one-family homes, or in one of the two high class luxury apartments
-- one at 19 Lyons Avenue and the other at 25 Van Velsor Place.
In these two apartment buildings with uniformed doormen and lavishly
furnished suites with sunken living rooms lived the wealthiest and
most successful Newark Jews.
As one former employee of a Bergen Street drug store told me, "These
were the Jews who had made it. When I made a delivery to someone
in these two apartments, it was like going into a museum...and they
were big tippers."
Roth Recollection of Neighborhood
The houses on the side streets adjoining Bergen were described
by Pulitzer Prize winning novelist Philip Roth, of this childhood
neighborhood, in one of his books:
"The house were all two-and-one half family houses. There
was a full apartment on the ground floor and a full apartment on
the second floor. On the third floor was half and apartment, for
a young couple or a bachelor or an elderly widow. The lawns were
nice and there were no fences."
Roth, son of an insurance agent, himself lived with his family
in one such house as described, on Summit Avenue, a block from Weequahic
Bergen Shopkeeper's Children
The children of the mom 'n' pop shop-owners of Bergen Street nearly
all attended Weequahic High School, which, by the late 1940s was
at its saturation point. As a group, they were instilled by a love
of education and a desire for success and were achievers in the
various professions -- medicine, law, education, accounting, pharmacy,
Still others started small businesses which ultimately evolved
into large-scale chains doing business in the millions, and even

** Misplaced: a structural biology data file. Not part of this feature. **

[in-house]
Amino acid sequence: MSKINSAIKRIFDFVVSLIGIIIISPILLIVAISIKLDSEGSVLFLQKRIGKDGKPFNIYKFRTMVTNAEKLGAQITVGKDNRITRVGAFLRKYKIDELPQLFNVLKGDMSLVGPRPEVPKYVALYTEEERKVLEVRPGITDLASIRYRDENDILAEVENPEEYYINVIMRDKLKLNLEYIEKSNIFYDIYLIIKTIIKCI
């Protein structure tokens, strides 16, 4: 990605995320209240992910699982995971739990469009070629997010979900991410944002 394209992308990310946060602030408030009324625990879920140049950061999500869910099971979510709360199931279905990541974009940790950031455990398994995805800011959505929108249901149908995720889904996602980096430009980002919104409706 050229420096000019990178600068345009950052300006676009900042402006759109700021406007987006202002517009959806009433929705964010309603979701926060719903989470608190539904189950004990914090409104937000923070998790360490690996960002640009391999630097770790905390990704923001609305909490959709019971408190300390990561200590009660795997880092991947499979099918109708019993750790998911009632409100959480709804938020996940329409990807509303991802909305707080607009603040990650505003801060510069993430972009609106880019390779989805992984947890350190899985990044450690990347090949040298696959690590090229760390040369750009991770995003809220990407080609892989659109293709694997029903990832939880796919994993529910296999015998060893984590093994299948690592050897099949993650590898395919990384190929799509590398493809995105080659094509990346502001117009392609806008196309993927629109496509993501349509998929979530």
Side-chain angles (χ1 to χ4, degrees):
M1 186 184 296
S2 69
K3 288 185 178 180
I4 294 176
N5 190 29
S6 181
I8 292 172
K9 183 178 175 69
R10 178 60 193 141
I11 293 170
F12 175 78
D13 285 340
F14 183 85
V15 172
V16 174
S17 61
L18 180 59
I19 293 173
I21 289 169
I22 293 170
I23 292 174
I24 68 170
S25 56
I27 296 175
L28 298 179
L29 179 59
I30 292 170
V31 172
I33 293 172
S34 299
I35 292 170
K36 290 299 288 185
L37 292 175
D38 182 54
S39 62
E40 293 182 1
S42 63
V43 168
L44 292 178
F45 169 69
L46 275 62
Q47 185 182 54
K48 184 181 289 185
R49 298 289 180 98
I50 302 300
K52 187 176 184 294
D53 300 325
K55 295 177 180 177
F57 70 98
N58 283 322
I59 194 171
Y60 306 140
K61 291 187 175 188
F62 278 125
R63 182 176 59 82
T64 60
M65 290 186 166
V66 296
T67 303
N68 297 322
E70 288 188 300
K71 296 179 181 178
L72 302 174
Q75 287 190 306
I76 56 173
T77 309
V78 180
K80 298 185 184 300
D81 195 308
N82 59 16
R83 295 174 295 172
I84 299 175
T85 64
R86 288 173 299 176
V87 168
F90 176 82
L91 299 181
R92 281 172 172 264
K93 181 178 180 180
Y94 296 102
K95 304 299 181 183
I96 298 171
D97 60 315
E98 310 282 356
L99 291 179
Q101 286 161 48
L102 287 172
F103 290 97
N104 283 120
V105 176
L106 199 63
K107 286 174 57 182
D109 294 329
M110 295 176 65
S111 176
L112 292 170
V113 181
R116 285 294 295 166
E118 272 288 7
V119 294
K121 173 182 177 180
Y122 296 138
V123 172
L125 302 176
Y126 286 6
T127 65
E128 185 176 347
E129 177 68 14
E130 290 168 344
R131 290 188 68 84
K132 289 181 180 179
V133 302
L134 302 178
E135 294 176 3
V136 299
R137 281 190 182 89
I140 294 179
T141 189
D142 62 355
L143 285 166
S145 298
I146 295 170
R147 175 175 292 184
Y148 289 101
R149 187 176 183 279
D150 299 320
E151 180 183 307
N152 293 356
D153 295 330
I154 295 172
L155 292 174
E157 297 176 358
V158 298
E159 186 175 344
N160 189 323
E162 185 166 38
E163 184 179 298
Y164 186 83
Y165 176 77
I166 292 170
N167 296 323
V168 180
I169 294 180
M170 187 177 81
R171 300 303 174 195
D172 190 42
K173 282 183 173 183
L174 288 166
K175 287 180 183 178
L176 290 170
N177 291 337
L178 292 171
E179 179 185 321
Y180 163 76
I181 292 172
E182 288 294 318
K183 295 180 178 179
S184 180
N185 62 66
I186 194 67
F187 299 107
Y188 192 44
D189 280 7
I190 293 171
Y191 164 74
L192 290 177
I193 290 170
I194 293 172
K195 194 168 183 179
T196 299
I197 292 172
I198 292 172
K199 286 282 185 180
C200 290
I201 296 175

One Child's Success Story
I was personally acquainted with the son of one Bergen Street shop
owner, Arthur Brody, whose father, Samuel Brody, owned Brodelle's
Book Shoppe at 1049 Bergen at Harding Terrace.
Young Arthur, age 20, helping out in his father's store, discovered
and ultimately patented a new way to protect book covers. He fathered
an entirely new industry -- the plastic book jacket industry --
a product now found in virtually every library in the world. His
success led to Brodart Industries, a major supplier of books and
services to libraries, as well as a leading manufacturer of library
Shopping Connections to Bergen
Many shoppers were attracted to Bergen Street from outlying neighborhoods.
As a resident of Hillside in the 1950s, just over the Weequahic-Newark
line, I recall seeing mothers from my street walking baby carriages
down to Bergen Street on shopping excursions.
Bergen Street was also serviced by several bus lines that shoppers
used, among them the No. 9 Clifton, the No. 8 Lyons Avenue and the
No. 48, Maple Avenue.
* * * * *
The five-block strip of shops covered in the above Bergen Street
"Memory" all fall within the 2003-designated "Weequahic
Park Historic District #03000013". In the list of Significant
Historic Functions of the Weequahic District are architectural style
of single and multiple dwellings, and specialty stores, virtually
all of which were on Bergen Street.